Is everyone fair game on a red carpet?

The “Fashion Police” at the Brownlow

The biggest night for AFL football players always brings with it a bit of controversy. The slow and monotonous counting of the Brownlow Medal points lends itself to fingers being pointed at the television set and constant shouts of ‘what?’ and ‘how could you?’ and ‘he was ROBBED’.

But at this year’s Brownlow – the main topic of morning after conversation wasn’t the players, it was the red carpet. And more specifically the red carpet commentators.

The Herald Sun reports:

Haylea and Adam Cooney

IT’S no wonder footy WAG Haylea Cooney has vowed never to attend another Brownlow red carpet if the “fashion police” are there.

The wife of 2008 Brownlow medallist and Western Bulldogs star Adam Cooney lashed out at Foxtel’s Footy Fashion Police yesterday after its critique of the red carpet on Monday night, featuring designers Alex Perry and Peter Morrissey, fashion commentator Melissa Hoyer and Australia’s Next Top Model judge Charlotte Dawson.

Yes, that’s right, trolling victim Dawson. The one whose public battle with online bullies led her to be admitted to hospital three weeks ago.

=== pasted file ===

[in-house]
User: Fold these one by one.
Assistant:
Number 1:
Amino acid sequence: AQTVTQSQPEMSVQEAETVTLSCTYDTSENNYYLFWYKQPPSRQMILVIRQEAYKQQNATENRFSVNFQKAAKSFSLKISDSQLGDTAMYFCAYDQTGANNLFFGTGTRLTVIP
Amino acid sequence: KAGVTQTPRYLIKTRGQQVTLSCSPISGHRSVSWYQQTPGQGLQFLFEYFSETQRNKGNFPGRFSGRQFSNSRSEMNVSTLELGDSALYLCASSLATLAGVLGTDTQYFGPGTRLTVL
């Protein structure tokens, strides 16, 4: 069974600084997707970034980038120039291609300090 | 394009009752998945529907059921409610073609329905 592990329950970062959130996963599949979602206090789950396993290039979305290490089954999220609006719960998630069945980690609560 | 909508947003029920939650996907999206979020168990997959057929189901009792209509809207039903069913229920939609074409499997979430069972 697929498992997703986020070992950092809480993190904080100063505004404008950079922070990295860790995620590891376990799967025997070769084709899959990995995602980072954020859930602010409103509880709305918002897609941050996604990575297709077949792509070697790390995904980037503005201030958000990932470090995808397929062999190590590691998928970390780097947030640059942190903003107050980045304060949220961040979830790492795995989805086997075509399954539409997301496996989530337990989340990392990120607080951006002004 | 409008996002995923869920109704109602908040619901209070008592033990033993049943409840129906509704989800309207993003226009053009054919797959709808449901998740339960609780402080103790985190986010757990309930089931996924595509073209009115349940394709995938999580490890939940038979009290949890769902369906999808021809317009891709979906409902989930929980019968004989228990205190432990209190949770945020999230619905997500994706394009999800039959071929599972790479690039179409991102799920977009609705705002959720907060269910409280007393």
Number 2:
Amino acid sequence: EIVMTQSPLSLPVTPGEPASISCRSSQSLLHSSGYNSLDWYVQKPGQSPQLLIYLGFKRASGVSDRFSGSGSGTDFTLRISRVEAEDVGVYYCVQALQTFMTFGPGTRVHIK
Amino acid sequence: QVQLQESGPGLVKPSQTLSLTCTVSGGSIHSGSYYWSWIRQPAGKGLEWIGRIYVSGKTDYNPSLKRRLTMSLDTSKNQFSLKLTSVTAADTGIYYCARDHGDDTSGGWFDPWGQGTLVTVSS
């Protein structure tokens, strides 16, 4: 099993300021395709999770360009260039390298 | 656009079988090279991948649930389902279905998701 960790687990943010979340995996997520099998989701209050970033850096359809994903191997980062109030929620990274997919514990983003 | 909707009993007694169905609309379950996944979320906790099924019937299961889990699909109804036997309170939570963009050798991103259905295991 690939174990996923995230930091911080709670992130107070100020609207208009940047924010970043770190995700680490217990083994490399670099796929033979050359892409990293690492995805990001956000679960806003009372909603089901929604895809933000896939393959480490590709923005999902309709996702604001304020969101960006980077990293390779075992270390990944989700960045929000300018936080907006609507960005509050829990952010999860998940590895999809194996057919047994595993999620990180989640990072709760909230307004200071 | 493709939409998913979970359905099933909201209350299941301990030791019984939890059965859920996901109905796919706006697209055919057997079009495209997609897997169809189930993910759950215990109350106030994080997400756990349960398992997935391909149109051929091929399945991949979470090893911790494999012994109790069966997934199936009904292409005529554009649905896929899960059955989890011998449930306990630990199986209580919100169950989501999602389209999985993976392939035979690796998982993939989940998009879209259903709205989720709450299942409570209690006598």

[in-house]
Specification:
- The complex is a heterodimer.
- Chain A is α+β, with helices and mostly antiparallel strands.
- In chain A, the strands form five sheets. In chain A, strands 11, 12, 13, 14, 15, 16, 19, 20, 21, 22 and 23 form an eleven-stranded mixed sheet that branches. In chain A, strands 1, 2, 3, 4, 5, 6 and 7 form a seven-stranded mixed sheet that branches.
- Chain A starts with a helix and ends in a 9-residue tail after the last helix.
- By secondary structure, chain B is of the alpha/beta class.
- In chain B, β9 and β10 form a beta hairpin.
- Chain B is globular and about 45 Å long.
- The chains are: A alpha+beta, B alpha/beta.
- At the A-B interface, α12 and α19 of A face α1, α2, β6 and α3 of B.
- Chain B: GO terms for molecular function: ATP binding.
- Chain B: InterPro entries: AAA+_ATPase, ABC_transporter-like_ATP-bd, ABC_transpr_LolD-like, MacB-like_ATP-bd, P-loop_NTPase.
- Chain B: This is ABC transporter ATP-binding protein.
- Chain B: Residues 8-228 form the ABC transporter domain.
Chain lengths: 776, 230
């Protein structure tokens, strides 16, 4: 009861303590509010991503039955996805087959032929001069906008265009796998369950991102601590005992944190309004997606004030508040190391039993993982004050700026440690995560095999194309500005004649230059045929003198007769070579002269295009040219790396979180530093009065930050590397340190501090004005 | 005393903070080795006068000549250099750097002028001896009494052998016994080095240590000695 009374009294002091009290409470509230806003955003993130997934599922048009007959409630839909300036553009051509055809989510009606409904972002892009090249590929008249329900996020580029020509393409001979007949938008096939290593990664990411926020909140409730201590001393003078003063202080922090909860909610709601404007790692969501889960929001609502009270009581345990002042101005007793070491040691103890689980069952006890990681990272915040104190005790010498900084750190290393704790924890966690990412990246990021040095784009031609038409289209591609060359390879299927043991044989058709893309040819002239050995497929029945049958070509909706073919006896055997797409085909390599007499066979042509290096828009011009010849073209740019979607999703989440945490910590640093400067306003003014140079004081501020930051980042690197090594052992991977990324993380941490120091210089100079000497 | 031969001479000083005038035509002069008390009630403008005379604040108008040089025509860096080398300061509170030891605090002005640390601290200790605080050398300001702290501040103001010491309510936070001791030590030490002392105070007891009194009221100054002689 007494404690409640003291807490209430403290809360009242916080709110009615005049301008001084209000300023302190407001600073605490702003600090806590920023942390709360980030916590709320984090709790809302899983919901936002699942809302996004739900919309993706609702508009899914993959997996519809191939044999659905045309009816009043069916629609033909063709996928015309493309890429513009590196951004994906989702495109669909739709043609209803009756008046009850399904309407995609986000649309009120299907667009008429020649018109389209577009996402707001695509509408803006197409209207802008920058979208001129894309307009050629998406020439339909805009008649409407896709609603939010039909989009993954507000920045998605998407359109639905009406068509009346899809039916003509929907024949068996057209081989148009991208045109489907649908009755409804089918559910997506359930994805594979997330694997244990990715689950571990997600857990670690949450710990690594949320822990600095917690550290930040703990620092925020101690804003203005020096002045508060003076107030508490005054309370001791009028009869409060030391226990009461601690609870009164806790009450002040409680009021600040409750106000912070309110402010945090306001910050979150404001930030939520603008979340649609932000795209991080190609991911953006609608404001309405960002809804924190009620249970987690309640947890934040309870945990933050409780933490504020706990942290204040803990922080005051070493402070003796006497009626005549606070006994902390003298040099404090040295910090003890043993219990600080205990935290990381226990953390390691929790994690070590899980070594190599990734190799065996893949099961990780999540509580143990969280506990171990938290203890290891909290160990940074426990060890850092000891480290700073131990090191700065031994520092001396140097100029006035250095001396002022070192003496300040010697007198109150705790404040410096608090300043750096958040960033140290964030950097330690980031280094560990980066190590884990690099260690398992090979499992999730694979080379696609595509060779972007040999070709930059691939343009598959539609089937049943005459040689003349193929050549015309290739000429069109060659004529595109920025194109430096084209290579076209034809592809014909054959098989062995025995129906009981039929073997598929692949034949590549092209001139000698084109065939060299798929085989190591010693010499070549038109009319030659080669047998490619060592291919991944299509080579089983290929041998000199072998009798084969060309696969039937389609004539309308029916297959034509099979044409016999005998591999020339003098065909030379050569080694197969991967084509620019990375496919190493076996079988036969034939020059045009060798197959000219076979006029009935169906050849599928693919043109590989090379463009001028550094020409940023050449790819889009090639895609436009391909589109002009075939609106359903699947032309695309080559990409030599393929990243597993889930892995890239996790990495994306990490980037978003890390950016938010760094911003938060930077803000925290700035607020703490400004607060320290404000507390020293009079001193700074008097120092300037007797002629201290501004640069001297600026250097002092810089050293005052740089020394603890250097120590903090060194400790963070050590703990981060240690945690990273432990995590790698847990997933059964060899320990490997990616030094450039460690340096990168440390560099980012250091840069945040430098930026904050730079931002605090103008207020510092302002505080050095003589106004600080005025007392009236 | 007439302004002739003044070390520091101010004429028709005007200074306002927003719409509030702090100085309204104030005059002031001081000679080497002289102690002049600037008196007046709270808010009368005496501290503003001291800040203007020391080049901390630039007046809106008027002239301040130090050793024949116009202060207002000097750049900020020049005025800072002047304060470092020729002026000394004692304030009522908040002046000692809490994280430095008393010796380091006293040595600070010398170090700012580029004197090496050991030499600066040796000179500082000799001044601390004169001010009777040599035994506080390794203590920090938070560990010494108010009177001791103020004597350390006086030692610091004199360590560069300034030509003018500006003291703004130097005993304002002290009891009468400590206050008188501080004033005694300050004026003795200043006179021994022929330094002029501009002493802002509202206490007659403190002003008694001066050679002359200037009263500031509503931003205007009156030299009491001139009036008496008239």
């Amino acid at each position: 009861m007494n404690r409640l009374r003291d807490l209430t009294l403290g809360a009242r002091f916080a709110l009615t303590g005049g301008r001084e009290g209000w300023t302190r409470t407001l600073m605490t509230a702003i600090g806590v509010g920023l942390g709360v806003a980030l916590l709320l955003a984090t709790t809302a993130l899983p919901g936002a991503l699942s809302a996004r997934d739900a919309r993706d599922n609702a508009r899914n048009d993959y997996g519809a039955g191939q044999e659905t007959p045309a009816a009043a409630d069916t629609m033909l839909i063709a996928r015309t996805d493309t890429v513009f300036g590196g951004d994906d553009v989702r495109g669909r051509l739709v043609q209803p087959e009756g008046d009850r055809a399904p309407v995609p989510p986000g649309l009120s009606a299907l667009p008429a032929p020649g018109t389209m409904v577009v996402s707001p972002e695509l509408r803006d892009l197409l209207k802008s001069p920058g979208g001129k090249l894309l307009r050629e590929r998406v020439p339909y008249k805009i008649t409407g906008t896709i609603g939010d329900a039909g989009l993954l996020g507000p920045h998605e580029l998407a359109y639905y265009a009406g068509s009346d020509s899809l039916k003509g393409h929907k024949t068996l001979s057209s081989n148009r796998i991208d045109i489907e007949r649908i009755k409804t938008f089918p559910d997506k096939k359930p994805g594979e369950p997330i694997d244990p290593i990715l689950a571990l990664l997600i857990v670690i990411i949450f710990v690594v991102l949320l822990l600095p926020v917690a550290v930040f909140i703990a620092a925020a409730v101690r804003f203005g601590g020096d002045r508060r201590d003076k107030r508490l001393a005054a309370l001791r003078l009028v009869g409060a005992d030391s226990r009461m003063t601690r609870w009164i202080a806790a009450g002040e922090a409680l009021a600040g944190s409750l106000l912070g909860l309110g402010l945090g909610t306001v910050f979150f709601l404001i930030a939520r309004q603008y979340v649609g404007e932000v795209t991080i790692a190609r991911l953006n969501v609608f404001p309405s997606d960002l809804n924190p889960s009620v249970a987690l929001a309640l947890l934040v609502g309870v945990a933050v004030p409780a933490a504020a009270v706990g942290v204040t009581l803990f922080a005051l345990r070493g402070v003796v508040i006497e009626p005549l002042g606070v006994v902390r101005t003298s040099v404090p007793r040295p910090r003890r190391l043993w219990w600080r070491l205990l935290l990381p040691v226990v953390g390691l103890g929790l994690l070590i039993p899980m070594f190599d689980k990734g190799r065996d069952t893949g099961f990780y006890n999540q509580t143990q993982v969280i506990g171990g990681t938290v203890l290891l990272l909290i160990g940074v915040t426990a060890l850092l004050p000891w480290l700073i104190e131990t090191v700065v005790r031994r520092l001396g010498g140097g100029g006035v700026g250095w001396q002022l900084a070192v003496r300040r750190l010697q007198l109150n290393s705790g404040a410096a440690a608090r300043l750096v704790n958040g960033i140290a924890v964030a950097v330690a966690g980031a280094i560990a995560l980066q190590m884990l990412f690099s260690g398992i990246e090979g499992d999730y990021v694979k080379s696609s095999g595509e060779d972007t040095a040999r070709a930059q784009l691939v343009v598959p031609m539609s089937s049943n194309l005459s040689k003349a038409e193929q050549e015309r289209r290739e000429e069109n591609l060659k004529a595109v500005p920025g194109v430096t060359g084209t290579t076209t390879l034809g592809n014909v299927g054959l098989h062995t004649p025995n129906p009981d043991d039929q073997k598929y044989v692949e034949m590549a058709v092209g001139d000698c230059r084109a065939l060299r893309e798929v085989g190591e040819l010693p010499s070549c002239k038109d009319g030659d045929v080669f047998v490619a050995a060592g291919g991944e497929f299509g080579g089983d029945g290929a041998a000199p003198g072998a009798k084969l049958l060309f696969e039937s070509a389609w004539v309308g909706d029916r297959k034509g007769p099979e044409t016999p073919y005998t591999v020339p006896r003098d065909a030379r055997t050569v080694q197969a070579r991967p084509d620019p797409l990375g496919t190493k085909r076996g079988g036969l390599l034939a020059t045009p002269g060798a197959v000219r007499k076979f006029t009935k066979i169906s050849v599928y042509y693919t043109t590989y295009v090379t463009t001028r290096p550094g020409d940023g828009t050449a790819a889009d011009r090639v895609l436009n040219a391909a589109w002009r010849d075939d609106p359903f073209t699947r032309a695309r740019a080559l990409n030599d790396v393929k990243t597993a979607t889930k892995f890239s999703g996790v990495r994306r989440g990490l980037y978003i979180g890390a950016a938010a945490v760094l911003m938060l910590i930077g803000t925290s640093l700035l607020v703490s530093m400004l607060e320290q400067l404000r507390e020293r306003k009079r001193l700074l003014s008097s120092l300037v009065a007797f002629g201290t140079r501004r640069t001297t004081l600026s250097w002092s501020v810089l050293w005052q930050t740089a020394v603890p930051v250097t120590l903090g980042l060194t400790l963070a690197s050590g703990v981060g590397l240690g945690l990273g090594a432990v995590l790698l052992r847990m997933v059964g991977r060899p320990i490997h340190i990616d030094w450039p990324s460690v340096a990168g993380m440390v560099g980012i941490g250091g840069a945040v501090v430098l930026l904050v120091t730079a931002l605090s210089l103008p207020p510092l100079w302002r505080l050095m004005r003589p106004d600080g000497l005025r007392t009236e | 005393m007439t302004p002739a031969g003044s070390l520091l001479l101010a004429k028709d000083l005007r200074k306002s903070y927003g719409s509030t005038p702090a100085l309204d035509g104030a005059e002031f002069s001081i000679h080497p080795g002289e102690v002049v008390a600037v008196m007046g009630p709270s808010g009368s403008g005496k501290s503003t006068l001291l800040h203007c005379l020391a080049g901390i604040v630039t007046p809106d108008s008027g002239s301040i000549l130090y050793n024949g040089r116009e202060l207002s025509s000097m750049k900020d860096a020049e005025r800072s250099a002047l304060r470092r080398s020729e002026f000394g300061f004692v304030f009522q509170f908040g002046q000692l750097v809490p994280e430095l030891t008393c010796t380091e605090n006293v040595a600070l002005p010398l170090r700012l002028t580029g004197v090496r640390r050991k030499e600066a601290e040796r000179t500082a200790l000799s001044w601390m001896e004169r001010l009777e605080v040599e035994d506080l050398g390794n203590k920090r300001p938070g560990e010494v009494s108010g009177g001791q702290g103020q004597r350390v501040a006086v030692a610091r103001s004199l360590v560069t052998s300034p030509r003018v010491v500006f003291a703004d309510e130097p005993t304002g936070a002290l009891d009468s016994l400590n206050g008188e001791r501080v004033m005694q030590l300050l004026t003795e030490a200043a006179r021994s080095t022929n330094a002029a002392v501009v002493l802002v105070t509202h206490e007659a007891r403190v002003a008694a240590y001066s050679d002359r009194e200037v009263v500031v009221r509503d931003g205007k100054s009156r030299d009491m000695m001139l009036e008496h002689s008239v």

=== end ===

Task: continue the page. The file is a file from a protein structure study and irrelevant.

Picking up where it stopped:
Among the comments made by the Brownlow Fashion Police was that Jenna Cumming should “carry a pole in her handbag” and on Jessie Haberman: “She’s a Brownlow virgin. And you know what? She won’t be a virgin after tonight”.

We’re not trying to suggest that commenting on clothing isn’t possible. We love seeing dresses come down the red carpet (like they did this week, which you can see here and here) and ooh-ing and ah-ing over the ones we like best. But there is a difference between playing the dress and playing the woman.

Fashion Police: why can’t we play the dress not the woman?

You can say that a frock isn’t your cup of tea without tearing the wearer to shreds.

Each of us makes our own choice about what we say when we’re discussing someone else’s appearance. You can decide to say ‘that dress is my favourite’ or you can choose to focus on the dress you hate.

You can remark that you’d like a dress better if it had a higher neckline or less lace or more sparkles, without arguing that the woman wearing it looks appalling or being unkind.

It’s also worth remembering that the wives and girlfriends of football stars aren’t celebrities who have sought out fame and attention. Sure it can be fun to get dressed up and walk the red carpet but ultimately – they’re there to support their partners – not holding themselves out for a fashion critique. Or is everyone on a red carpet fair game?


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